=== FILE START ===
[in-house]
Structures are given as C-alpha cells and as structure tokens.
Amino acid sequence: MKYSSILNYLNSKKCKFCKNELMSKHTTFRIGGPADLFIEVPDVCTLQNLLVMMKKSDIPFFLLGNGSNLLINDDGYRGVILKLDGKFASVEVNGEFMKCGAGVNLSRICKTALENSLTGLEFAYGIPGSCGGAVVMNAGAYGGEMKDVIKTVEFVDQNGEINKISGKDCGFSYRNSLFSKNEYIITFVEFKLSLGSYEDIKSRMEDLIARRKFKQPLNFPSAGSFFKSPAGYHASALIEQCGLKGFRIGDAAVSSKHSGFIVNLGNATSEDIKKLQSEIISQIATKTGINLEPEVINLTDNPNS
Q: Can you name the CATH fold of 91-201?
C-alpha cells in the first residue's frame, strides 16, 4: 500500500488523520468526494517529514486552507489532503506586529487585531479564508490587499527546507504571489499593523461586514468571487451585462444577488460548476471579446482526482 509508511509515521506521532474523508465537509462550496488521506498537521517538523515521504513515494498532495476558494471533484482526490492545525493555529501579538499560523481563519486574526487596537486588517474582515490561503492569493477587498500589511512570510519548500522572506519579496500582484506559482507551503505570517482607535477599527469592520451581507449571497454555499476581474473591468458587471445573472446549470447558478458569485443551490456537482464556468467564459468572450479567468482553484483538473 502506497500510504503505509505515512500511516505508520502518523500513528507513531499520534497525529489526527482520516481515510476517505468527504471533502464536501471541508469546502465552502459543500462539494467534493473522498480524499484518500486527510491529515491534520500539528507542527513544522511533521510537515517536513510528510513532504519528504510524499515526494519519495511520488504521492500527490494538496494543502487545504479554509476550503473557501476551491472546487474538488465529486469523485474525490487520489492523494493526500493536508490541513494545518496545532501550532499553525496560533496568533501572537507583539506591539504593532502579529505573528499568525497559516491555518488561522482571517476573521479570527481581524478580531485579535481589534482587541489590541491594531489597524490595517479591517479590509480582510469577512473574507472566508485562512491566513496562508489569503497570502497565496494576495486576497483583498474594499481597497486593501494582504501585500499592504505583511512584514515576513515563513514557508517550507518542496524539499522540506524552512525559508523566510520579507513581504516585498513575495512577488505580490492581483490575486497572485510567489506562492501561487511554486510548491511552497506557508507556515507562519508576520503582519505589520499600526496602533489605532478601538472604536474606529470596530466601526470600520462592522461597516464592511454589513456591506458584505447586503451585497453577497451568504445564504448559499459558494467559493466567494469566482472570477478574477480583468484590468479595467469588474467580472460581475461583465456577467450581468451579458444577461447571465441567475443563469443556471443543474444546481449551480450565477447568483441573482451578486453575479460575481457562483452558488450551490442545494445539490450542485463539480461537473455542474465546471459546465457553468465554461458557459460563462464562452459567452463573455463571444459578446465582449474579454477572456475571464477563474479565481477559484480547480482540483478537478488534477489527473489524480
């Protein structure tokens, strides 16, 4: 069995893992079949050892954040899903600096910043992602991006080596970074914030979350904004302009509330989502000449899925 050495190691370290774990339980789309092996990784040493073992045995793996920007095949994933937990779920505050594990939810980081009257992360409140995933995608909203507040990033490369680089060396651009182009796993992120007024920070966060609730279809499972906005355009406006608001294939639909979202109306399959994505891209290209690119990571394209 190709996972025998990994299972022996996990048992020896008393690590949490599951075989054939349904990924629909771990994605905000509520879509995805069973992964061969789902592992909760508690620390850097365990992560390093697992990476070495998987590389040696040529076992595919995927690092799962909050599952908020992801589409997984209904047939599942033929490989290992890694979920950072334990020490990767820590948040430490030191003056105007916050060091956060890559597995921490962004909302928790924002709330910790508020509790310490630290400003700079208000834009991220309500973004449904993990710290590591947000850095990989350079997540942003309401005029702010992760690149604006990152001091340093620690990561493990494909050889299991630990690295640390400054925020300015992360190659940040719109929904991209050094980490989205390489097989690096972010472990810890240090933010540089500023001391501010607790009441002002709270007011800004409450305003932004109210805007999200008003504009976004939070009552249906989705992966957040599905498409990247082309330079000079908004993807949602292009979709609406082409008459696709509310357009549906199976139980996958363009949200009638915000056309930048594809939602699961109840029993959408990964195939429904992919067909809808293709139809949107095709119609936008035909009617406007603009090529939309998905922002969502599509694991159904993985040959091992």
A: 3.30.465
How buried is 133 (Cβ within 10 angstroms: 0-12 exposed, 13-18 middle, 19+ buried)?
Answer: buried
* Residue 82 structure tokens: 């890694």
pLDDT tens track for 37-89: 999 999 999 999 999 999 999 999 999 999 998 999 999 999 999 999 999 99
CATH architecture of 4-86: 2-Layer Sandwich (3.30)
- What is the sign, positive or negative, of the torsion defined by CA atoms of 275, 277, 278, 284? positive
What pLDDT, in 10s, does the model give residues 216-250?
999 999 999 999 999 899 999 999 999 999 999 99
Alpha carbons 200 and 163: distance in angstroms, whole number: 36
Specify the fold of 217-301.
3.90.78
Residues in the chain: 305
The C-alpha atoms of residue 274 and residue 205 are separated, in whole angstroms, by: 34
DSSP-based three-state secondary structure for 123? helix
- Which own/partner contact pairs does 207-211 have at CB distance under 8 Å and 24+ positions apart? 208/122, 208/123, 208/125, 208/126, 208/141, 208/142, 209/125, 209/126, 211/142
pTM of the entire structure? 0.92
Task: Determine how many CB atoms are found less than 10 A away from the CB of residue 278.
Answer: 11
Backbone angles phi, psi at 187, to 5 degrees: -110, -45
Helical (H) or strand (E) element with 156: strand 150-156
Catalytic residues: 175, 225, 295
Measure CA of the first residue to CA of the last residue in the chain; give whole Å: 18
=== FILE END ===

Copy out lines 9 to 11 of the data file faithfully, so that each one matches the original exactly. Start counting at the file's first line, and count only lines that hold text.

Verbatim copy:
Answer: buried
* Residue 82 structure tokens: 């890694």
pLDDT tens track for 37-89: 999 999 999 999 999 999 999 999 999 999 998 999 999 999 999 999 999 99